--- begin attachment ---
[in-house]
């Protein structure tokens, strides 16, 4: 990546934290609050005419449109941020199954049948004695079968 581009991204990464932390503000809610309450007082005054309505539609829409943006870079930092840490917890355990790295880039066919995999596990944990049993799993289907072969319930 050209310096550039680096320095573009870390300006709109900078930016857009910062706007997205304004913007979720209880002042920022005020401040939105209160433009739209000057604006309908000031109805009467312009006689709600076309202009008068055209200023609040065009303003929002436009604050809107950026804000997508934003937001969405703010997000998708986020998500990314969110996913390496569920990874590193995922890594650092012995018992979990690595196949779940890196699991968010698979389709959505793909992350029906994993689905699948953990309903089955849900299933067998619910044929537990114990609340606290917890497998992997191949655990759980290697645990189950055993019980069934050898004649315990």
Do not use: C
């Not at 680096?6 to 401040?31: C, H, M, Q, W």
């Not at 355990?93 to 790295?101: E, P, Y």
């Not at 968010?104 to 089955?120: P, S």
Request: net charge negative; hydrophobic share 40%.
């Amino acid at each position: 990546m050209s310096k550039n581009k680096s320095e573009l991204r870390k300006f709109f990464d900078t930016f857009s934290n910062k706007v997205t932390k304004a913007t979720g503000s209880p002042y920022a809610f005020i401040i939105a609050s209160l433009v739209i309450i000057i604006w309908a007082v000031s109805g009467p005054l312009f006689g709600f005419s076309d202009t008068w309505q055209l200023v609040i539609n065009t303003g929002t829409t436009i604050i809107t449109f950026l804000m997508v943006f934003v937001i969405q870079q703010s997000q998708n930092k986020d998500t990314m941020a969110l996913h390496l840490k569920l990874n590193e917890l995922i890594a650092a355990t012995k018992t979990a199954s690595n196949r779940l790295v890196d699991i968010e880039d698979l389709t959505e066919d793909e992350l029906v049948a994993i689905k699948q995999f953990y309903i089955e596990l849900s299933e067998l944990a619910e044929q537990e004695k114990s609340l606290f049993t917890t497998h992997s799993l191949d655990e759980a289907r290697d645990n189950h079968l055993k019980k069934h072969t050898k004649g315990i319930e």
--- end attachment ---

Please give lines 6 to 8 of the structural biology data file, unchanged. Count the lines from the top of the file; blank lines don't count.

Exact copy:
């Not at 968010?104 to 089955?120: P, S």
Request: net charge negative; hydrophobic share 40%.
């Amino acid at each position: 990546m050209s310096k550039n581009k680096s320095e573009l991204r870390k300006f709109f990464d900078t930016f857009s934290n910062k706007v997205t932390k304004a913007t979720g503000s209880p002042y920022a809610f005020i401040i939105a609050s209160l433009v739209i309450i000057i604006w309908a007082v000031s109805g009467p005054l312009f006689g709600f005419s076309d202009t008068w309505q055209l200023v609040i539609n065009t303003g929002t829409t436009i604050i809107t449109f950026l804000m997508v943006f934003v937001i969405q870079q703010s997000q998708n930092k986020d998500t990314m941020a969110l996913h390496l840490k569920l990874n590193e917890l995922i890594a650092a355990t012995k018992t979990a199954s690595n196949r779940l790295v890196d699991i968010e880039d698979l389709t959505e066919d793909e992350l029906v049948a994993i689905k699948q995999f953990y309903i089955e596990l849900s299933e067998l944990a619910e044929q537990e004695k114990s609340l606290f049993t917890t497998h992997s799993l191949d655990e759980a289907r290697d645990n189950h079968l055993k019980k069934h072969t050898k004649g315990i319930e």